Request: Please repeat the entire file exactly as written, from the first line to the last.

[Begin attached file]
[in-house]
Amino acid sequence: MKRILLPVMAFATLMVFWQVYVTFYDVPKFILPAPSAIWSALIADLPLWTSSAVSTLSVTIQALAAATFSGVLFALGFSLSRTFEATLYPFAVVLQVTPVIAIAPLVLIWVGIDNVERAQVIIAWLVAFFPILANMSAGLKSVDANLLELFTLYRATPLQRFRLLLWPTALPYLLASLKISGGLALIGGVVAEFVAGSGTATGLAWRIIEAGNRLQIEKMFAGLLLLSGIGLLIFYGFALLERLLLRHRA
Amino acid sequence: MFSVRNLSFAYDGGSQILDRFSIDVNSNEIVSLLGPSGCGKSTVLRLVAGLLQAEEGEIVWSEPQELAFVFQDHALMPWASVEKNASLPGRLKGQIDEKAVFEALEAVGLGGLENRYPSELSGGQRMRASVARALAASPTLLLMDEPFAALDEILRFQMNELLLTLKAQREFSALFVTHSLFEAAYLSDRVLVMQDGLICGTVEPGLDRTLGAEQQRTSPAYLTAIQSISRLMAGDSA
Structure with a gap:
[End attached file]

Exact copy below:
[in-house]
Amino acid sequence: MKRILLPVMAFATLMVFWQVYVTFYDVPKFILPAPSAIWSALIADLPLWTSSAVSTLSVTIQALAAATFSGVLFALGFSLSRTFEATLYPFAVVLQVTPVIAIAPLVLIWVGIDNVERAQVIIAWLVAFFPILANMSAGLKSVDANLLELFTLYRATPLQRFRLLLWPTALPYLLASLKISGGLALIGGVVAEFVAGSGTATGLAWRIIEAGNRLQIEKMFAGLLLLSGIGLLIFYGFALLERLLLRHRA
Amino acid sequence: MFSVRNLSFAYDGGSQILDRFSIDVNSNEIVSLLGPSGCGKSTVLRLVAGLLQAEEGEIVWSEPQELAFVFQDHALMPWASVEKNASLPGRLKGQIDEKAVFEALEAVGLGGLENRYPSELSGGQRMRASVARALAASPTLLLMDEPFAALDEILRFQMNELLLTLKAQREFSALFVTHSLFEAAYLSDRVLVMQDGLICGTVEPGLDRTLGAEQQRTSPAYLTAIQSISRLMAGDSA
Structure with a gap: